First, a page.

SIGNS, SIGNS, EVERYWHERE ARE SIGNS
The number of signs seen for a particular candidate is not an
accurate reflection of the candidate’s chances. One or two candidates
from virtually every council election in the past decade will confirm
that for me. That said, it is amazing to see the number of yard signs
going up for some of the council and school board candidates, and
it’s just as notable that some front-runners appear to be virtually
As an example, if you see a sign for one of the three school board
incumbents seeking reelection, one that isn’t in front of their own
homes or those of immediate neighbors, let me know. Richard Raad won
permission from a supporter who owns several commercial and apartment
properties in town to put signs outside those buildings, but I’ve
otherwise yet to come across a sign for him, or his colleagues Elena
Hubbell and Mike McDonald.
Jef Vander Borght, who holds a council seat he was appointed to,
has been walking neighborhoods and posting signs, backed by a team of
experienced hands who have walked the same streets many times for
I discounted it when I saw the first signs come up for council
candidate Brian Malone, because he lives near my house, so I was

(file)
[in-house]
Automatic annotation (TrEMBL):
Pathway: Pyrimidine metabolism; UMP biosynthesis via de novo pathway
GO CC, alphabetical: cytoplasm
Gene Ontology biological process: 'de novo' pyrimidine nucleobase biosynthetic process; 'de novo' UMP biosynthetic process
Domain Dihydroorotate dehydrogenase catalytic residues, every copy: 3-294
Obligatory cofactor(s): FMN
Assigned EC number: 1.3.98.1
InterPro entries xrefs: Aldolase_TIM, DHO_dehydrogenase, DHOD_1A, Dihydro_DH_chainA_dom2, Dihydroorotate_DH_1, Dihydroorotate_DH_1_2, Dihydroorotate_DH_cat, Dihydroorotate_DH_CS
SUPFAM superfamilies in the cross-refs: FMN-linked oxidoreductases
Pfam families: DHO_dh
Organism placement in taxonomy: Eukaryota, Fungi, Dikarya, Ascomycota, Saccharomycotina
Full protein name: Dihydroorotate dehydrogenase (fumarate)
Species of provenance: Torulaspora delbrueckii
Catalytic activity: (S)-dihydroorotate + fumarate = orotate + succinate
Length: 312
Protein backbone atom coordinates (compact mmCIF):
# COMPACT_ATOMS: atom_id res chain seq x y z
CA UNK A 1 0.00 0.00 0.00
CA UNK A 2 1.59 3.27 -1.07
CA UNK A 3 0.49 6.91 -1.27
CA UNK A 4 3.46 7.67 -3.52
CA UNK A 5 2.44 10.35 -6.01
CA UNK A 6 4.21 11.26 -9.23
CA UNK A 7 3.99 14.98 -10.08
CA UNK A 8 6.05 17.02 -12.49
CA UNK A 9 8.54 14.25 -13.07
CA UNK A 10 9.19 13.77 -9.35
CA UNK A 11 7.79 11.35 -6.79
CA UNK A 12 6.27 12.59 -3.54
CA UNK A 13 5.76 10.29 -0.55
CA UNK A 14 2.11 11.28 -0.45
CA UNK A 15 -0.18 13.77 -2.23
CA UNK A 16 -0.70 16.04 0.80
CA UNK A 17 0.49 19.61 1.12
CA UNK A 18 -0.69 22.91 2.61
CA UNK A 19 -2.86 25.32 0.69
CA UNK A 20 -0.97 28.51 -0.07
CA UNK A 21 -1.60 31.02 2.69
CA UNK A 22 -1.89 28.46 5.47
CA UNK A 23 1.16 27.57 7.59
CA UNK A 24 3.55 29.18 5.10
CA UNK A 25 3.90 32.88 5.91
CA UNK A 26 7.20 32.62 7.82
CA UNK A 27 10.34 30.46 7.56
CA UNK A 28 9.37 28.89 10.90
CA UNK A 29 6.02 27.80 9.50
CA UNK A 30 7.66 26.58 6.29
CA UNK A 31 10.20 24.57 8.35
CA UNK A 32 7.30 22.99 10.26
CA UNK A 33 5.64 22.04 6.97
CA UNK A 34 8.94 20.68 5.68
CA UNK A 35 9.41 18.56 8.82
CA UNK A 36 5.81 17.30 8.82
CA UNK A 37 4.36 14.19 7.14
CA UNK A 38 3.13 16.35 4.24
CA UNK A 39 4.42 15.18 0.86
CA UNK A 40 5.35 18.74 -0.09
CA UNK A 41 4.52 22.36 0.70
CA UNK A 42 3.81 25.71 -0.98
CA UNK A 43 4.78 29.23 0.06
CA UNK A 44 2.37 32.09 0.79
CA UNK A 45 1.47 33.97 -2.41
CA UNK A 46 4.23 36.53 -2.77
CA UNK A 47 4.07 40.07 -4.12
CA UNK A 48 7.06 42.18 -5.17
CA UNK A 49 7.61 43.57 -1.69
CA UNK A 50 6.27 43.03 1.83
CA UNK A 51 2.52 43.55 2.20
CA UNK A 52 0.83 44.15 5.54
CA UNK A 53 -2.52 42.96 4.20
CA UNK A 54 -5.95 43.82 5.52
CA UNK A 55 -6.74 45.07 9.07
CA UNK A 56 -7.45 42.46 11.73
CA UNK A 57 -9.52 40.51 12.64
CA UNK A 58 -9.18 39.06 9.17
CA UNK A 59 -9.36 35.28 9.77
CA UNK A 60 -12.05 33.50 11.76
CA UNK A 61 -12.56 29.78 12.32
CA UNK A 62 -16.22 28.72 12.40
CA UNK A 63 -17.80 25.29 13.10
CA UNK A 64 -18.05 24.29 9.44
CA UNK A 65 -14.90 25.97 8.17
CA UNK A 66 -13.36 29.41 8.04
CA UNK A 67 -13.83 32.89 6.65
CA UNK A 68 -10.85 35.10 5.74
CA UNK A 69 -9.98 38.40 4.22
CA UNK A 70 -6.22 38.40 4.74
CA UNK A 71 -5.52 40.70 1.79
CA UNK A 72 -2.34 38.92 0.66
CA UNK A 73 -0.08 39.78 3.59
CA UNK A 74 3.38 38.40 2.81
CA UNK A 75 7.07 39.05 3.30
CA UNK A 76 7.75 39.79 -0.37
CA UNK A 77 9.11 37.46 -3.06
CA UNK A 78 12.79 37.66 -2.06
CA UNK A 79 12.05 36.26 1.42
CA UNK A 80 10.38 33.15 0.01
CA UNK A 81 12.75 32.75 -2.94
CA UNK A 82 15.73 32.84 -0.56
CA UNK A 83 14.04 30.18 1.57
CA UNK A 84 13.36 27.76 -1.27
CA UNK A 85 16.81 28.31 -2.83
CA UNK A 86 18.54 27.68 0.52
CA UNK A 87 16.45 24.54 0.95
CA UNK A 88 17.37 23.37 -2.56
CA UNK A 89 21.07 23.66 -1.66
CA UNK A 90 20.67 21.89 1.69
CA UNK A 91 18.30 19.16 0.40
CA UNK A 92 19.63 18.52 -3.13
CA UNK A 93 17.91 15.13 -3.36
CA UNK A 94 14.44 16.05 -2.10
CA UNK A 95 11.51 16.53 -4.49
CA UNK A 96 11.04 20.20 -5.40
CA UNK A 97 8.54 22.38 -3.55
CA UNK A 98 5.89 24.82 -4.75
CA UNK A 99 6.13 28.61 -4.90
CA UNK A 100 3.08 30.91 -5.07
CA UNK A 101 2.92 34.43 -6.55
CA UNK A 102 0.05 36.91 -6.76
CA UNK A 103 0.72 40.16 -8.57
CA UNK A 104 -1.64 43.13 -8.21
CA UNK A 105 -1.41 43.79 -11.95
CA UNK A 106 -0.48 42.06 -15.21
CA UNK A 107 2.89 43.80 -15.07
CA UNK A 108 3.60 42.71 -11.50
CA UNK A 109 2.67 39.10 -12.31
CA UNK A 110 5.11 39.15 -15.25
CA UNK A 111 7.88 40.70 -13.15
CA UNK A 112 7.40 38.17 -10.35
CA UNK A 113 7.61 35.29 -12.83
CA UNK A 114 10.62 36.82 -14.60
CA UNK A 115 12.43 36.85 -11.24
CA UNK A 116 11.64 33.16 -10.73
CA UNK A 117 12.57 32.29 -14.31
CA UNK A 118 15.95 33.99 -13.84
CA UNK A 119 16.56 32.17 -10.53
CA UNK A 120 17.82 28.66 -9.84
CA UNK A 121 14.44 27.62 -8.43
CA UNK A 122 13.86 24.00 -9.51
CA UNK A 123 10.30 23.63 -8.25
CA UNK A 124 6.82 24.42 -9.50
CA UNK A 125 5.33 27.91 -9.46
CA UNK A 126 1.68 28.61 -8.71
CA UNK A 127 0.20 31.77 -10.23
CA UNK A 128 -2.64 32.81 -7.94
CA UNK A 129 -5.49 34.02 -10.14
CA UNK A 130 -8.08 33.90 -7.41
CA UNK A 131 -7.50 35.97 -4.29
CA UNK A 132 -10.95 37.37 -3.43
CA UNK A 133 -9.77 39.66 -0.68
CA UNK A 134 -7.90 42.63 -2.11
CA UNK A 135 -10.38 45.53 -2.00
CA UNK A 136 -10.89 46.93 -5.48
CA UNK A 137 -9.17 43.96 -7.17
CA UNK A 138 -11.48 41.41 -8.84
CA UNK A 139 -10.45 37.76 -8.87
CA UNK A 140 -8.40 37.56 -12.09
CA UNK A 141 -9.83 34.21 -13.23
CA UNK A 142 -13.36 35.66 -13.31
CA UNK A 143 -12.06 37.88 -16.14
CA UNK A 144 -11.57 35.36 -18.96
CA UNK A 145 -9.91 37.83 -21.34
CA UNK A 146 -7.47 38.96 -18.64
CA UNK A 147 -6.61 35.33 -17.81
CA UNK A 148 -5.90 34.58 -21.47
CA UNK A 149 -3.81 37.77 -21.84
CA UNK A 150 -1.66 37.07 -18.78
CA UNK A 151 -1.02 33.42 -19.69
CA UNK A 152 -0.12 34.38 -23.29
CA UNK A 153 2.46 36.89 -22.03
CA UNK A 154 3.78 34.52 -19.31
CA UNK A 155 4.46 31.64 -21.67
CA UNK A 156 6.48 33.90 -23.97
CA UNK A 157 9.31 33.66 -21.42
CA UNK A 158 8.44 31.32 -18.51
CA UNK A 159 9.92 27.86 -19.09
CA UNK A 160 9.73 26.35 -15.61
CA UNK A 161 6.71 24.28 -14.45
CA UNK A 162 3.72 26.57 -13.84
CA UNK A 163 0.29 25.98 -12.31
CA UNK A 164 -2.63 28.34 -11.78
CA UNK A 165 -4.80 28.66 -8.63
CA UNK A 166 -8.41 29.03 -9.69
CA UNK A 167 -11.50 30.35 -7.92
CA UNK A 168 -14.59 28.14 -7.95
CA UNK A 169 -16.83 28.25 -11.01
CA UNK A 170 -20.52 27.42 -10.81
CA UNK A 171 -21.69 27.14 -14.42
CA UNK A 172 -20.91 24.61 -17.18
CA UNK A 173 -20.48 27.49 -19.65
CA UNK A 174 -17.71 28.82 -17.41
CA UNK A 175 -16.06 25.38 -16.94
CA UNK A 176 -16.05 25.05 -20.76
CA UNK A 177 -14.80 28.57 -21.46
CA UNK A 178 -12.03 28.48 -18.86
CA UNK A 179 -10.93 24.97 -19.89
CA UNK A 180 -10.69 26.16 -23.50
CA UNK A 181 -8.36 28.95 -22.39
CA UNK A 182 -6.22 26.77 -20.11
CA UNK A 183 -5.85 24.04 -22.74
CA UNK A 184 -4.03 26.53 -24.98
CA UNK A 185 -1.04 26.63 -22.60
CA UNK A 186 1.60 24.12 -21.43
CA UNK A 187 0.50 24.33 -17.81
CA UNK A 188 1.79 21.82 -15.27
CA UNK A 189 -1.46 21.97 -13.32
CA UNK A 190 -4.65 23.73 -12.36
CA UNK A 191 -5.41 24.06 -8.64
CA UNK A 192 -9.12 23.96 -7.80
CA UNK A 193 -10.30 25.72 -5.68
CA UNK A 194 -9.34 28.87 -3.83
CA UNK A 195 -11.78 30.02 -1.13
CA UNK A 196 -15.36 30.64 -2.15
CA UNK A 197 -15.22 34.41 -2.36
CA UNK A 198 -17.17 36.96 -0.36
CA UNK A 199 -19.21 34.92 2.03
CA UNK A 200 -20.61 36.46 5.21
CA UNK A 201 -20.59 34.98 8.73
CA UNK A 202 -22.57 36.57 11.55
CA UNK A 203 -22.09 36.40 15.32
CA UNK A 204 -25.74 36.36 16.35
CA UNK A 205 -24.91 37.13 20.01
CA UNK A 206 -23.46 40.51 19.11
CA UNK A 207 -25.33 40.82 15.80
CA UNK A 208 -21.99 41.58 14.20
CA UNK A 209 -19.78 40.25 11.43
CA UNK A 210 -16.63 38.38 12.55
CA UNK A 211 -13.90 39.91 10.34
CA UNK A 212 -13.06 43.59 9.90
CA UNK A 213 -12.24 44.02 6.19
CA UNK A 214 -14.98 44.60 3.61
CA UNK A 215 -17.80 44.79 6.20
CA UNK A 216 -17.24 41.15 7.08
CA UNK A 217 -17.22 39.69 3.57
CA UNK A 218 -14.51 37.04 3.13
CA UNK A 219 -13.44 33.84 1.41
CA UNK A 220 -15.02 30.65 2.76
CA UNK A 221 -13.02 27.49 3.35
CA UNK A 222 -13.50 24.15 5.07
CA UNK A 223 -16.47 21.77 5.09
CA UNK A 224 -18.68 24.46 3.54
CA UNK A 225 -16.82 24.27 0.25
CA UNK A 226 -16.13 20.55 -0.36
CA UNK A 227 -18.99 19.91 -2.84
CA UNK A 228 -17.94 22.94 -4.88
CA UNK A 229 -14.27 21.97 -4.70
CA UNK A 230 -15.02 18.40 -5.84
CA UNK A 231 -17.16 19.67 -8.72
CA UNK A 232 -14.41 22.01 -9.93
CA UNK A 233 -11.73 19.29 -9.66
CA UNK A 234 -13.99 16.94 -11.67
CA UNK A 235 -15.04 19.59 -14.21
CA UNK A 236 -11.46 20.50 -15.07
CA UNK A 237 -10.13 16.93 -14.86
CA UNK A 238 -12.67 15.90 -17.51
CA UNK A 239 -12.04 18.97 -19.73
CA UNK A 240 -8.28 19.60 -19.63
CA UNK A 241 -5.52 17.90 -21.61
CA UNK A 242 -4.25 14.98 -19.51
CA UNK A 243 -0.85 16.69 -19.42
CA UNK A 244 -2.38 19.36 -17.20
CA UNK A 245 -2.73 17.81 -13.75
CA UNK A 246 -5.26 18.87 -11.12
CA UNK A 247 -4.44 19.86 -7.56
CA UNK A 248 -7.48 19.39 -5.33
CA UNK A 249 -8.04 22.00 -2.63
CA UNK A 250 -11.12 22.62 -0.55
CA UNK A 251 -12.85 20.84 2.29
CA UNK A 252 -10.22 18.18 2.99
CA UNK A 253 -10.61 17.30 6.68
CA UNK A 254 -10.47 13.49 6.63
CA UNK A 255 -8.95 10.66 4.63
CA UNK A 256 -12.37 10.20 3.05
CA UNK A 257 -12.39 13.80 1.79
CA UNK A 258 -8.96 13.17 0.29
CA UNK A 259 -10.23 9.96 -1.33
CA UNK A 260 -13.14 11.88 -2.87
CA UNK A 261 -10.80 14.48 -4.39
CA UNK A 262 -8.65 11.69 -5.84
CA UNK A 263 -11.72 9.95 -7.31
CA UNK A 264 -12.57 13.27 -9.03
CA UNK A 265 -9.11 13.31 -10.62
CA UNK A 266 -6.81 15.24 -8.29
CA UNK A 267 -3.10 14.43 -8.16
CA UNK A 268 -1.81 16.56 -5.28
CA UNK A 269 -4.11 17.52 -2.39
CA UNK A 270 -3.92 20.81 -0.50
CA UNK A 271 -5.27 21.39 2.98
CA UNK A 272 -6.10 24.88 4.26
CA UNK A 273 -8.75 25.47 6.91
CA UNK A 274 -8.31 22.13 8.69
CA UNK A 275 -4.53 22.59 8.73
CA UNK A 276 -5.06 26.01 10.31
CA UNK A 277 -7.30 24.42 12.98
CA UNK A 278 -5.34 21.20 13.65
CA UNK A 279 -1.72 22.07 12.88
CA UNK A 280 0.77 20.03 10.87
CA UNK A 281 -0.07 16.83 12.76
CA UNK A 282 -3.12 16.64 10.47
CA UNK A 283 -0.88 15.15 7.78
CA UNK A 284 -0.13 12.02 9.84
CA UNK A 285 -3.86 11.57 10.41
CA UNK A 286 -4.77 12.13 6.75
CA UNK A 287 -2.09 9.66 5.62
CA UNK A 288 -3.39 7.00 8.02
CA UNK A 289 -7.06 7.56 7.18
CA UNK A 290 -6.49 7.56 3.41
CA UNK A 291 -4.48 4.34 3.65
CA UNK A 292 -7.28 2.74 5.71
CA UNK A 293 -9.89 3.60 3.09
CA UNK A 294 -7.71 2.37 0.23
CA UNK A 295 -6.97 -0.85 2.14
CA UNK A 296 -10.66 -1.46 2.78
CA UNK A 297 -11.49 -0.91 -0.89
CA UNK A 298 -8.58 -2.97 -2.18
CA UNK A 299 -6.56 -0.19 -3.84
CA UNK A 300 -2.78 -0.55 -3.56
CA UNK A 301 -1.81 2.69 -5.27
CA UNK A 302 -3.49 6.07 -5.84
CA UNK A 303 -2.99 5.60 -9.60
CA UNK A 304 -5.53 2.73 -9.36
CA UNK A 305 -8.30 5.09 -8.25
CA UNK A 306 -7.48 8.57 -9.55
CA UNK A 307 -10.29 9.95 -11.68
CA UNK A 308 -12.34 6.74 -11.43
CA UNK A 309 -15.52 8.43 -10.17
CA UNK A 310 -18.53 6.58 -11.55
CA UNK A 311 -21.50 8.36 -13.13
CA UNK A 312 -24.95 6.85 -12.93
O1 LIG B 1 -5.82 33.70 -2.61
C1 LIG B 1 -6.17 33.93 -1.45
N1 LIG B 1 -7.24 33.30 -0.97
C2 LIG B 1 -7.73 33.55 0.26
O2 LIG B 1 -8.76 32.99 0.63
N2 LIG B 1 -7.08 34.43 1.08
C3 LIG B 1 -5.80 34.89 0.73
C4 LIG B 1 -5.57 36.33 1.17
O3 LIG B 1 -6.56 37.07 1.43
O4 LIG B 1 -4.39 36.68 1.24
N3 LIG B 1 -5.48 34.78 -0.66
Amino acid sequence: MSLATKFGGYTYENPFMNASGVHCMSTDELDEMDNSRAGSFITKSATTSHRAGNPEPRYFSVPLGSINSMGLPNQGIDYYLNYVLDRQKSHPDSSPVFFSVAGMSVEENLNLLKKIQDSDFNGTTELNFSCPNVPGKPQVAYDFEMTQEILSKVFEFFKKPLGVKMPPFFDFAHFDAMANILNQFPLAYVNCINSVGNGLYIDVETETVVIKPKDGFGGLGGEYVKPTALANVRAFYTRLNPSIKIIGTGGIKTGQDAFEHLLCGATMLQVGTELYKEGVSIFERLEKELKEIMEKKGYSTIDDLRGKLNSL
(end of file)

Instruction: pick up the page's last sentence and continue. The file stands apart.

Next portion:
seeing his signs on a daily basis. But they are rapidly spreading
elsewhere. And just try moving 10 feet without coming across the
literature boasting of his having been endorsed by Mayor David
Laurell. Read the literature, and you’ll see the men apparently share
the same affection for flowery, over-the-top prose. These guys never
just “like” or “support” anything. They can only “feel privileged” to
tell us they have “a deep and abiding love” for all manner of people
Gary Bric’s council campaign signs are beginning to pop up all
over, which is too bad. Save for the work of the infamous Vlad the
Impaler, I think Bric’s signs are about the ugliest things ever stuck
on a wooden post. The basic color is one known by many names, none of
them flattering, and he’s chosen to include artwork of a city skyline
that, if it’s not a duplicate, at least resembles the logo for his
local restaurant. (It’s technically in Los Angeles, incidentally, not
Burbank.) Beside the logo are the words “Solid as a rock.”
Like people who assure us they are classy, honest or ethical, I
rarely doubt someone until they begin advertising how solid they are.
Signs for council candidate Vahe Hovenessian sprouted last week,
and someone driving past quickly might have assumed they advertise
Laurell or Malone. They’re so crowded with colors and words that one
has to study them to take it all in.
School board candidate Dave Kemp has to be the all-time champ in
terms of numbers so far, and his signs are so straightforward and
conventional that even I can’t make fun of them.
Please let me know which signs you see and notice, and keep
sending me copies of the literature you receive from all the
WILL ROGERS’ column appears in every edition of the Leader. He can
be reached 24 hours a day at 637-3200, voice mail ext. 906, or by
e-mail at will.rogers@latimes. com or willrogersemail@earthlink. net.